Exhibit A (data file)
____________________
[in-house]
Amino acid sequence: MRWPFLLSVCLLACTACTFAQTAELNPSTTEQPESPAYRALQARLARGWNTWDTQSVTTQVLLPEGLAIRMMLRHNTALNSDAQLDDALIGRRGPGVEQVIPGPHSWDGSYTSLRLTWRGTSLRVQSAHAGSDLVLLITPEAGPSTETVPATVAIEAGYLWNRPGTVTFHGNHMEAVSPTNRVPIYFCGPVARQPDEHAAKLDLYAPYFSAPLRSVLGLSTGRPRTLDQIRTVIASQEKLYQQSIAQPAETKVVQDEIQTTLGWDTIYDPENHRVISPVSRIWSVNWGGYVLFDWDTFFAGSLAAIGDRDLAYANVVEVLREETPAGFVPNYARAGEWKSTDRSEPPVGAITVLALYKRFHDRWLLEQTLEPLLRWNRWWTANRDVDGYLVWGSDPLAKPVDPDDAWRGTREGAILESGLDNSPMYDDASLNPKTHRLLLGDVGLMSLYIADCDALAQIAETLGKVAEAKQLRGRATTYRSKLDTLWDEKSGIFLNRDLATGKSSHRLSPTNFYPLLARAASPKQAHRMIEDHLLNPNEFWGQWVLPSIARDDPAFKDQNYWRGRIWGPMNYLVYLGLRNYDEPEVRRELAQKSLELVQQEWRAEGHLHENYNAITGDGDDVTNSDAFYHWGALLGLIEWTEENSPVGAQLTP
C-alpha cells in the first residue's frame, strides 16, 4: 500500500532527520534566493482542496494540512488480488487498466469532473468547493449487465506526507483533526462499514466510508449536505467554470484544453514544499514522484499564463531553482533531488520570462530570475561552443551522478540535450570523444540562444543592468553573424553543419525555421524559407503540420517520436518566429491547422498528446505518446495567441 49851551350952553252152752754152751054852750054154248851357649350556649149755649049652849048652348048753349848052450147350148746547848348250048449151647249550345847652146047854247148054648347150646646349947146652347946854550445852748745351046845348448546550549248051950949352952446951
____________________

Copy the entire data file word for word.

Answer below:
[in-house]
Amino acid sequence: MRWPFLLSVCLLACTACTFAQTAELNPSTTEQPESPAYRALQARLARGWNTWDTQSVTTQVLLPEGLAIRMMLRHNTALNSDAQLDDALIGRRGPGVEQVIPGPHSWDGSYTSLRLTWRGTSLRVQSAHAGSDLVLLITPEAGPSTETVPATVAIEAGYLWNRPGTVTFHGNHMEAVSPTNRVPIYFCGPVARQPDEHAAKLDLYAPYFSAPLRSVLGLSTGRPRTLDQIRTVIASQEKLYQQSIAQPAETKVVQDEIQTTLGWDTIYDPENHRVISPVSRIWSVNWGGYVLFDWDTFFAGSLAAIGDRDLAYANVVEVLREETPAGFVPNYARAGEWKSTDRSEPPVGAITVLALYKRFHDRWLLEQTLEPLLRWNRWWTANRDVDGYLVWGSDPLAKPVDPDDAWRGTREGAILESGLDNSPMYDDASLNPKTHRLLLGDVGLMSLYIADCDALAQIAETLGKVAEAKQLRGRATTYRSKLDTLWDEKSGIFLNRDLATGKSSHRLSPTNFYPLLARAASPKQAHRMIEDHLLNPNEFWGQWVLPSIARDDPAFKDQNYWRGRIWGPMNYLVYLGLRNYDEPEVRRELAQKSLELVQQEWRAEGHLHENYNAITGDGDDVTNSDAFYHWGALLGLIEWTEENSPVGAQLTP
C-alpha cells in the first residue's frame, strides 16, 4: 500500500532527520534566493482542496494540512488480488487498466469532473468547493449487465506526507483533526462499514466510508449536505467554470484544453514544499514522484499564463531553482533531488520570462530570475561552443551522478540535450570523444540562444543592468553573424553543419525555421524559407503540420517520436518566429491547422498528446505518446495567441 49851551350952553252152752754152751054852750054154248851357649350556649149755649049652849048652348048753349848052450147350148746547848348250048449151647249550345847652146047854247148054648347150646646349947146652347946854550445852748745351046845348448546550549248051950949352952446951